||−1.00 DS −1.50 DC @ 111
| 2017 (preop)
||+2.00 DS −5.50 DC @ 31
| 2018 (1 y post-CXL)
||+0.75 DS −2.50 DC @ 17
| 2019 (2 y post-CXL)
||+0.75 DS −2.00 DC @ 13
| 2020 (3 y post-CXL)
||+0.75 DS −1.75 DC @ 15
CXL = corneal crosslinking; DC = diopter cylinder; DS = diopter sphere; preop = preoperative
The management of superior keratoconus, which is a rare type of corneal ectasia, is considered a challenge. The initial management of keratoconus with superior cone location by rigid gas-permeable contact lenses was reported in a study of Weed et al. with successful visual rehabilitation; however, it represented a particular challenge to the contact lens practitioner.10
In our case, no abnormality was detected in the corneal specular examination of both eyes, which excluded the liability of corneal endothelial dysfunction. Other diseases causing superior corneal thinning and protrusion were excluded on slitlamp examination by the absence of vascularization or lipid deposition. Also, the diagnosis of superior pellucid marginal degeneration was excluded by the absence of a peripheral band of thinning by clinical and topographic examination.
Crosslink introduced by Wollensak et al. in 2003 is a minimally invasive procedure to halt the progression of keratoconus.11 It is produced by increasing the biomechanical stiffness of the keratoconic cornea.12
The grade of keratoconus of our case was of grade 1 in both eyes according to Amsler-Krumeich classification with mean K <48 D.13 Thus, the decision was to do bilateral accelerated epithelium-off CXL for both eyes in 2 separate sessions.
We followed up the patient for an extended duration (3 years) with visual improvement as regards UDVA and corrected distance visual acuity and topographic improvement, especially Kmax and mean K with sequential flattening in the superior cone of both eyes. The corneal elevation of both anterior and posterior did not change over the years, as well.
No previous studies reported the results of CXL in such a rare type of corneal ectasia. Rogers et al. reported 2 cases of bilateral superior keratoconus, one of which was treated by CXL, but the results were not reported.14
We used corneal optical densitometric examination by Scheimpflug corneal tomography to ensure the corneal clarity at the early stages of diagnosis and to exclude any degree of corneal haze after CXL.
The 3-year follow-up of CXL for superior keratoconus was a good option for stabilizing progression in this uncommon case, which can broaden the spectrum in which CXL is used.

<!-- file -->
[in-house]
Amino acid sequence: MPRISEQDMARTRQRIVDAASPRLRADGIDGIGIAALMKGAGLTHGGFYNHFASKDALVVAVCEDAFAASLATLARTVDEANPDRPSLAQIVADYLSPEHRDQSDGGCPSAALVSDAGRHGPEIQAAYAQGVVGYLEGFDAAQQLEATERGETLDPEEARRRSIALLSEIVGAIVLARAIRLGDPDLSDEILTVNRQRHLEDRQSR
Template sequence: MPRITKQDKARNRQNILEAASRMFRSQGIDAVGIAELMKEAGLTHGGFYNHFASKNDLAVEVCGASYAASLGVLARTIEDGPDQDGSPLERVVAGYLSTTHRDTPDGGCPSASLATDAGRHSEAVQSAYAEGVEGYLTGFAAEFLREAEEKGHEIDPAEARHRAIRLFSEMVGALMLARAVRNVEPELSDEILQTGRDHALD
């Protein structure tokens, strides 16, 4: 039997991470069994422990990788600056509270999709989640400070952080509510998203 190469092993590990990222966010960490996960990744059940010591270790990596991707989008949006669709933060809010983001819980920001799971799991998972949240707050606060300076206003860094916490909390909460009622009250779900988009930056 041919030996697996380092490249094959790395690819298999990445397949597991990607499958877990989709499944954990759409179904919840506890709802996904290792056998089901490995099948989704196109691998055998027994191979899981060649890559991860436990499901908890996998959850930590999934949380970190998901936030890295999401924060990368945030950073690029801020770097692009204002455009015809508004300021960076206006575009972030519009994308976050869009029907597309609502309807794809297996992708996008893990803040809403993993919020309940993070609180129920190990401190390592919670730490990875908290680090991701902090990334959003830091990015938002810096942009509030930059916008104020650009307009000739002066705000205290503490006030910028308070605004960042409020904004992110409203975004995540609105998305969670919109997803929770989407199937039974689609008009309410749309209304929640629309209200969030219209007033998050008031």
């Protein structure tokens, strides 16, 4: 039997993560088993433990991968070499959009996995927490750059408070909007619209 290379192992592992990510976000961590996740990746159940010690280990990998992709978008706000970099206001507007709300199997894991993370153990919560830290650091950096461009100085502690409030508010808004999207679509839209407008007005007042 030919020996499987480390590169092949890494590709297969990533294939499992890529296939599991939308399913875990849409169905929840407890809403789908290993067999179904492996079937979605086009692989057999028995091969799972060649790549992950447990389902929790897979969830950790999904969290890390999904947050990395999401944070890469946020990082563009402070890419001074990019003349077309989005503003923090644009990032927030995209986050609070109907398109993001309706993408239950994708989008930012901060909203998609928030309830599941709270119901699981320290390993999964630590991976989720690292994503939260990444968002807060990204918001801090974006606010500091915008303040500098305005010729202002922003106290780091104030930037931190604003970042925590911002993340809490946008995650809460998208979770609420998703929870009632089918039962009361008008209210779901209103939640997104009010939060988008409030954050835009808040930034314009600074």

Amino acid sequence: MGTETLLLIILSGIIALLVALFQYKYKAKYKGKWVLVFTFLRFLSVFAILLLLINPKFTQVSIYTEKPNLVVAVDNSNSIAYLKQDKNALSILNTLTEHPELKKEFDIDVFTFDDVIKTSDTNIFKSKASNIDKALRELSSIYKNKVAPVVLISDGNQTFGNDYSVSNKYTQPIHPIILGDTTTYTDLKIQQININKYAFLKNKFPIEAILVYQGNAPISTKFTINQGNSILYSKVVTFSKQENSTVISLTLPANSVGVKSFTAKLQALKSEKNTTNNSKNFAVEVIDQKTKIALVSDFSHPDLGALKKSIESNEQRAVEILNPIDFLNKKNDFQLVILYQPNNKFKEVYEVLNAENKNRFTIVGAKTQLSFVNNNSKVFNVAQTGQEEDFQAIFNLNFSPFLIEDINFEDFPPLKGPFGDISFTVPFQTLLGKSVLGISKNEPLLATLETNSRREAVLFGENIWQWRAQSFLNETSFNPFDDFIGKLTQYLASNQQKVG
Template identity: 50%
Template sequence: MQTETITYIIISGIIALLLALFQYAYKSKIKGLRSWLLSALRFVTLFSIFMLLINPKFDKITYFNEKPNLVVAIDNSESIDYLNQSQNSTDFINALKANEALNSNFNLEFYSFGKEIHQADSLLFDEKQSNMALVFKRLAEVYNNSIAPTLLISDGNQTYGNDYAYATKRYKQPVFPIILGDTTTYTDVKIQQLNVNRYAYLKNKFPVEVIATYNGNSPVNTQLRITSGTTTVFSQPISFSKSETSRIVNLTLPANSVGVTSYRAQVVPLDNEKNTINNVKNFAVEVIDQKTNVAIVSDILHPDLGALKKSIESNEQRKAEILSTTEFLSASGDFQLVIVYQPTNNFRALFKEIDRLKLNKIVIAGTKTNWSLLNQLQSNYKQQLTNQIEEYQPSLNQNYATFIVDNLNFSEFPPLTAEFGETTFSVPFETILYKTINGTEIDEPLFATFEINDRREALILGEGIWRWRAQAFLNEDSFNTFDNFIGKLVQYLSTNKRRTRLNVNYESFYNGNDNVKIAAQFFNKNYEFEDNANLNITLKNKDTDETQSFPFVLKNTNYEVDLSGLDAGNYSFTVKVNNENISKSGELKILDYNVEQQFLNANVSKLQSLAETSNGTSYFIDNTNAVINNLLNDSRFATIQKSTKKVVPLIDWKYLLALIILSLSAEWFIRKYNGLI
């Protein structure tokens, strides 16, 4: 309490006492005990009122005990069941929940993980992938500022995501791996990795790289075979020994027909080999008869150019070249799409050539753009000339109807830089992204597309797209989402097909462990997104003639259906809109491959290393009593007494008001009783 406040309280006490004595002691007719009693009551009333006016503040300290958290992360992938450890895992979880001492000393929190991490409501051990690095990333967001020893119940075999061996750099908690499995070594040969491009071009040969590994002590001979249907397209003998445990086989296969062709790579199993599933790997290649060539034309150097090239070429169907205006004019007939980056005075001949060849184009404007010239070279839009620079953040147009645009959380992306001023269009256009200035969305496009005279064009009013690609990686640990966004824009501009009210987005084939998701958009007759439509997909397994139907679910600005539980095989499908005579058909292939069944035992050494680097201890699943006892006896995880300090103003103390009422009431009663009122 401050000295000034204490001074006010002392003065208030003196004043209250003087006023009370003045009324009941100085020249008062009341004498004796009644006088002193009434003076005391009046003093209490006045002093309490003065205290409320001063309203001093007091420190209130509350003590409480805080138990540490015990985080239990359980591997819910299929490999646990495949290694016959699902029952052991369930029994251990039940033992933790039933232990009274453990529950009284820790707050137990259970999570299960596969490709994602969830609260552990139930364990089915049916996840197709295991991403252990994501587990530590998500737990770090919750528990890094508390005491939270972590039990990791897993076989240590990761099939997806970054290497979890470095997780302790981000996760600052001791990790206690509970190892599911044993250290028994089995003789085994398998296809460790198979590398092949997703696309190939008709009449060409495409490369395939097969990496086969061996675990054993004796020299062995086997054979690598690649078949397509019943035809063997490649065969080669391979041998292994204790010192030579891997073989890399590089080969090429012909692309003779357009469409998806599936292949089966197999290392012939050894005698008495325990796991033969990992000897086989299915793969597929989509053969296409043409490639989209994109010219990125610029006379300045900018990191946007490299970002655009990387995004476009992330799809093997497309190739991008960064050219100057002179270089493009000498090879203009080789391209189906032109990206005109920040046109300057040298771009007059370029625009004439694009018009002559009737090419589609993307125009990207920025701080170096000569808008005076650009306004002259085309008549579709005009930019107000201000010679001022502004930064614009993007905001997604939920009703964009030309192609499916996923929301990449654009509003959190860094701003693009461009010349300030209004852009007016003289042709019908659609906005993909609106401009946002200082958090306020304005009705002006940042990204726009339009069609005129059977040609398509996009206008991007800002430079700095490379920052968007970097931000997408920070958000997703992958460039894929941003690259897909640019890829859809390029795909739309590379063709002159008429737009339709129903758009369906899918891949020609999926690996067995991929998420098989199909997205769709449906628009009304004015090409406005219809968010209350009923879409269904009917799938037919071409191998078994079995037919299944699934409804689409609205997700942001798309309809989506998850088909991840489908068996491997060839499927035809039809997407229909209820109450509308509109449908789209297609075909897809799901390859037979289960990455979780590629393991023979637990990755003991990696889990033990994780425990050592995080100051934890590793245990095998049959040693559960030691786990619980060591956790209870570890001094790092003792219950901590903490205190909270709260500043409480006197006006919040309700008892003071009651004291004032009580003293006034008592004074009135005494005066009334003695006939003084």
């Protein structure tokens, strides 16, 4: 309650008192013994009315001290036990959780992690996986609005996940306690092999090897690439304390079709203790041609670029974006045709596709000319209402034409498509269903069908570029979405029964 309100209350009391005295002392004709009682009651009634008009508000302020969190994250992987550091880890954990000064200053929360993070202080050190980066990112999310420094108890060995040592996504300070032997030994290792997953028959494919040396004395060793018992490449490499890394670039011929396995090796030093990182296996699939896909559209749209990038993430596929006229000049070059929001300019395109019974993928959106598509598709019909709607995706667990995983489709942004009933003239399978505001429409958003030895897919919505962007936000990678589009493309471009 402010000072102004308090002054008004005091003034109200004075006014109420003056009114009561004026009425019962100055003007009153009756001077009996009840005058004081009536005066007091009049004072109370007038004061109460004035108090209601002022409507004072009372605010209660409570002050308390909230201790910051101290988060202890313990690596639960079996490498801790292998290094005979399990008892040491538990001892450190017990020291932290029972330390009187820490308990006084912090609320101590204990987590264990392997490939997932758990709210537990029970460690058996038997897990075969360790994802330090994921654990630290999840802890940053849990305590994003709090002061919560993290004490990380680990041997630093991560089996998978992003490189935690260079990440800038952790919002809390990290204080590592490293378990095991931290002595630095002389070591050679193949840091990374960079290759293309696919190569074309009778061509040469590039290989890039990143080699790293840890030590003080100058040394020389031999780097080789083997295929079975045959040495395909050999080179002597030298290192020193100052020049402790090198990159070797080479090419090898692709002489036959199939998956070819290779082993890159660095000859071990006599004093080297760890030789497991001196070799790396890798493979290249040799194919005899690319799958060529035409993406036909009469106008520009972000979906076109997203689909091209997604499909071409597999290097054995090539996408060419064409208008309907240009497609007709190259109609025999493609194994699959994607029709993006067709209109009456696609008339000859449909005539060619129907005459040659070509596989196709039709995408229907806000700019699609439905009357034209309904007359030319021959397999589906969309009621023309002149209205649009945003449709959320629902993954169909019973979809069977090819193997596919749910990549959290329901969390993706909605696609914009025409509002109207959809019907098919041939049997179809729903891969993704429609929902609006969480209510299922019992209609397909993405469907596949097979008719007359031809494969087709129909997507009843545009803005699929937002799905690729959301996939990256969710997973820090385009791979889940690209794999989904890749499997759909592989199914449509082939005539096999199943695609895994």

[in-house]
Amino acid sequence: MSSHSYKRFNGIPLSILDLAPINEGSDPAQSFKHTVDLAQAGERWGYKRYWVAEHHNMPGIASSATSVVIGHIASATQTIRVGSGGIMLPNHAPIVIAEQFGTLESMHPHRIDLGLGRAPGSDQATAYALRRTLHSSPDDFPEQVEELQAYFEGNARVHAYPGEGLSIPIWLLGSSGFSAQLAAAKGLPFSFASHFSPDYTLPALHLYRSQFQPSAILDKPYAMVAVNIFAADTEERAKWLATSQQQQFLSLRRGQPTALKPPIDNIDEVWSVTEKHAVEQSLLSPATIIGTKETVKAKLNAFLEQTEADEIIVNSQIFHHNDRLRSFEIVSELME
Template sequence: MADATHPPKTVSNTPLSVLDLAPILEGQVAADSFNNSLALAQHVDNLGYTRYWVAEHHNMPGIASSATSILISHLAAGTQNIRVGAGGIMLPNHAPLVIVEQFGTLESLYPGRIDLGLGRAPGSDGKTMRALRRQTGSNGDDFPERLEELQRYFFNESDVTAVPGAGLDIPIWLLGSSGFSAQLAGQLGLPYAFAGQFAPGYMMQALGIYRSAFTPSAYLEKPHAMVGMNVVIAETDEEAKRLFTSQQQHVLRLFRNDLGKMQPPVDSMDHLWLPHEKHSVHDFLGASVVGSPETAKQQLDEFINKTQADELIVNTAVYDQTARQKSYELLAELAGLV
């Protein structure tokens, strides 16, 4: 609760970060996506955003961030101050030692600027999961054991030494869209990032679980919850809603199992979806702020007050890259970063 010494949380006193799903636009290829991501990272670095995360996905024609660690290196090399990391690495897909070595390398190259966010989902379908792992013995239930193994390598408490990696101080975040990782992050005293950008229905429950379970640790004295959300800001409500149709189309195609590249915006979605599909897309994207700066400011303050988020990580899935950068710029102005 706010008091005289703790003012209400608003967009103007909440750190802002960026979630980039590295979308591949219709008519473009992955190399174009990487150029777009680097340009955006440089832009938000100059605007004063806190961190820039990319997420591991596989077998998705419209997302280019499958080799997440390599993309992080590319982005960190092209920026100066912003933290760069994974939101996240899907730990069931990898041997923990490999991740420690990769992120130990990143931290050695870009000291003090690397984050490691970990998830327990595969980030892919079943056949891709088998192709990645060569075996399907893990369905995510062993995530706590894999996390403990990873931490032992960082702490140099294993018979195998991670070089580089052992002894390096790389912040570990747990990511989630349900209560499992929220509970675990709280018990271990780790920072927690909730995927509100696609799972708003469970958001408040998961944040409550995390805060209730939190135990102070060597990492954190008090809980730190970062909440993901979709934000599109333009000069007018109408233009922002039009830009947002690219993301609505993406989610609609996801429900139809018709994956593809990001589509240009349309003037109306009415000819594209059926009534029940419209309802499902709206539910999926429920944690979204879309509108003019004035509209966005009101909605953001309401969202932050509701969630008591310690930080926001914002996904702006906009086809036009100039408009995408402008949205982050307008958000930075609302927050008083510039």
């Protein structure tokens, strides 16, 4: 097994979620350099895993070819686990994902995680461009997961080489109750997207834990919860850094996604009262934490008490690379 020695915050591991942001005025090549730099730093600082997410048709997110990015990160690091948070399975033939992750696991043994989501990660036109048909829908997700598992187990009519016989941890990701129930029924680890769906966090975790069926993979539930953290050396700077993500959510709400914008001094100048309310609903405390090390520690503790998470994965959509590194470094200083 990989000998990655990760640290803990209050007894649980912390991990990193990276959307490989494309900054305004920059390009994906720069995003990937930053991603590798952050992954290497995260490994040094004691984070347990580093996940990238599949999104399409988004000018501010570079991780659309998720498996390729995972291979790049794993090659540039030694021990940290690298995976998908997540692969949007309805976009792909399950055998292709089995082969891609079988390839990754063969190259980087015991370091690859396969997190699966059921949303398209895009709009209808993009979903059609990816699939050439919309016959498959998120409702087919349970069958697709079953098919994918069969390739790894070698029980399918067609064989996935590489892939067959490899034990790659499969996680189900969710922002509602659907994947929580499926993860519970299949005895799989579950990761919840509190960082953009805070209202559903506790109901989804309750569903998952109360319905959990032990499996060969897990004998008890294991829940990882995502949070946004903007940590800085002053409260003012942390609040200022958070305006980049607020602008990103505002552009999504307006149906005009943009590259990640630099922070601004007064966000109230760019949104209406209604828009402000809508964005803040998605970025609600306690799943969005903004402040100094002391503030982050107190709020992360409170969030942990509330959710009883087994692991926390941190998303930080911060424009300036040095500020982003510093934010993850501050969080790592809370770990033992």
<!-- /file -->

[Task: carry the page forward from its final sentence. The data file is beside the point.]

In conclusion, accelerated epithelium-off CXL was found to stabilize and halt the progression of superior keratoconus after long-term follow-up.
WHAT WAS KNOWN
- Superior keratoconus is one of the rare entities of corneal ectasia. It can be diagnosed by clinical examination or corneal topographic examination.
- Corneal crosslinking is a successful procedure in halting the ectatic pathological process in most patients with progressive inferior keratoconus. However, the outcome of this line of treatment was not studied in superior keratoconus, especially with long-term results.
WHAT THIS PAPER ADDS
- Accelerated epithelium-off corneal crosslinking showed a successful outcome as regards halting the progression of such a rare type of superior keratoconus after long-term follow-up.
1. Hofstetter HW. A keratoscopic survey of 13,395 eyes. Am J Optom Arch Am Acad Optom 1959;36:3–11
2. Smolek MK, Beekhuis WH. Collagen fibril orientation in the human corneal stroma and its implications in keratoconus. Invest Ophthalmol Vis Sci 1997;38:1289–1290
3. Prisant O, Legeais JM, Renard G. Superior keratoconus. Cornea 1997;16:693–694
4. Chiang CC, Lin JM, Tsai YY. Superior keratoconus with inferior paracentral corneal thinning and inferior peripheral pellucid marginal degeneration. Eye (Lond) 2007;21:266–268
5. Tananuvat N, Leeungurasatien P, Wiriyaluppa C. Superior keratoconus with hydrops. Int Ophthalmol 2009;29:419–421
6. Mounir A, Mostafa EM. Combined accelerated corneal collagen crosslinking and intrastromal Kerarings implantation for treatment of advanced superior keratoconus. GMS Ophthalmol Cases 2020;10:Doc10
7. Hersh PS, Stulting RD, Muller D, Durrie DS, Rajpal RK; United States Crosslinking Study Group. United States multicenter clinical trial of corneal collagen crosslinking for keratoconus treatment. Ophthalmology 2017;124:1259–1270
8. Santhiago MR. Accelerated corneal cross-linking: we must acquire knowledge as fast. J Refract Surg 2016;32:362–363
9. Wollensak G, Spörl E, Reber F, Pillunat L, Funk R. Corneal endothelial cytotoxicity of riboflavin/UVA treatment in vitro. Ophthalmic Res 2003;35:324–328
10. Weed KH, McGhee CN, MacEwen CJ. Atypical unilateral superior keratoconus in young males. Cont Lens Anterior Eye 2005;28:177–179
11. Wollensak G, Spoerl E, Seiler T. Riboflavin/ultraviolet-a-induced collagen crosslinking for the treatment of keratoconus. Am J Ophthalmol 2003;135:620–627
12. Mazzotta C, Traversi C, Baiocchi S, Bagaglia S, Caporossi O, Villano A, Caporossi A. Corneal collagen cross-linking with riboflavin and ultraviolet a light for pediatric keratoconus: ten-year results. Cornea 2018;37:560–566
13. Krumeich JH, Daniel J, Knulle A. Live-epikeratophakia for keratoconus. J Cataract Refract Surg 1998;24:456–463
14. Rogers GJ, Attenborough M. Bilateral superior keratoconus: two case reports. Eye (Lond) 2014;28:1254–1257